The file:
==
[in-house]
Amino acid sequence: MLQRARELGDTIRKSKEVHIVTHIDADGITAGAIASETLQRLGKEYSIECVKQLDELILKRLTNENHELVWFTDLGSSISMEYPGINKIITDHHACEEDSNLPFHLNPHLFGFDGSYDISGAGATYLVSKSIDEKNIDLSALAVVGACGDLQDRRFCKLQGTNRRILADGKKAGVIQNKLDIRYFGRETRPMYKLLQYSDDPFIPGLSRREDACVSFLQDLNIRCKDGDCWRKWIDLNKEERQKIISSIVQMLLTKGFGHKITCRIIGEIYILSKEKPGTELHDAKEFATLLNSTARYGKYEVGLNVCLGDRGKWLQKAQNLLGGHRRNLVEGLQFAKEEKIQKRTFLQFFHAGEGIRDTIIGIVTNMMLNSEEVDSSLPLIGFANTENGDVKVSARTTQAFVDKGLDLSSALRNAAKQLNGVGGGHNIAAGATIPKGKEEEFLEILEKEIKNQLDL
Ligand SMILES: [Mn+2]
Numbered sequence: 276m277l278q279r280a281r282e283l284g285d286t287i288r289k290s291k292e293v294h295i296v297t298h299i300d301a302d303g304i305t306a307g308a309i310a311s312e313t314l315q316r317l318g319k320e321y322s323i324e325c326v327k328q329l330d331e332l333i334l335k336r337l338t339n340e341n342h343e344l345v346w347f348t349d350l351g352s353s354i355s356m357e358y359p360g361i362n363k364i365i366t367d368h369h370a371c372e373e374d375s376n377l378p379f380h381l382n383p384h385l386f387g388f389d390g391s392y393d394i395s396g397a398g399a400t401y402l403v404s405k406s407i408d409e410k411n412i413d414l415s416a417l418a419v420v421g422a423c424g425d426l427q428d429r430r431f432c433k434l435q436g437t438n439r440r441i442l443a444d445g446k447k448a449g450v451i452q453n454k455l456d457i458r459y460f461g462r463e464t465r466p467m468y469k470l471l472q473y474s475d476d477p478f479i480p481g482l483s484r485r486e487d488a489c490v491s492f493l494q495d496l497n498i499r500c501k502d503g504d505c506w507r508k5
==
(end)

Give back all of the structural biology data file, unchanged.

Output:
[in-house]
Amino acid sequence: MLQRARELGDTIRKSKEVHIVTHIDADGITAGAIASETLQRLGKEYSIECVKQLDELILKRLTNENHELVWFTDLGSSISMEYPGINKIITDHHACEEDSNLPFHLNPHLFGFDGSYDISGAGATYLVSKSIDEKNIDLSALAVVGACGDLQDRRFCKLQGTNRRILADGKKAGVIQNKLDIRYFGRETRPMYKLLQYSDDPFIPGLSRREDACVSFLQDLNIRCKDGDCWRKWIDLNKEERQKIISSIVQMLLTKGFGHKITCRIIGEIYILSKEKPGTELHDAKEFATLLNSTARYGKYEVGLNVCLGDRGKWLQKAQNLLGGHRRNLVEGLQFAKEEKIQKRTFLQFFHAGEGIRDTIIGIVTNMMLNSEEVDSSLPLIGFANTENGDVKVSARTTQAFVDKGLDLSSALRNAAKQLNGVGGGHNIAAGATIPKGKEEEFLEILEKEIKNQLDL
Ligand SMILES: [Mn+2]
Numbered sequence: 276m277l278q279r280a281r282e283l284g285d286t287i288r289k290s291k292e293v294h295i296v297t298h299i300d301a302d303g304i305t306a307g308a309i310a311s312e313t314l315q316r317l318g319k320e321y322s323i324e325c326v327k328q329l330d331e332l333i334l335k336r337l338t339n340e341n342h343e344l345v346w347f348t349d350l351g352s353s354i355s356m357e358y359p360g361i362n363k364i365i366t367d368h369h370a371c372e373e374d375s376n377l378p379f380h381l382n383p384h385l386f387g388f389d390g391s392y393d394i395s396g397a398g399a400t401y402l403v404s405k406s407i408d409e410k411n412i413d414l415s416a417l418a419v420v421g422a423c424g425d426l427q428d429r430r431f432c433k434l435q436g437t438n439r440r441i442l443a444d445g446k447k448a449g450v451i452q453n454k455l456d457i458r459y460f461g462r463e464t465r466p467m468y469k470l471l472q473y474s475d476d477p478f479i480p481g482l483s484r485r486e487d488a489c490v491s492f493l494q495d496l497n498i499r500c501k502d503g504d505c506w507r508k5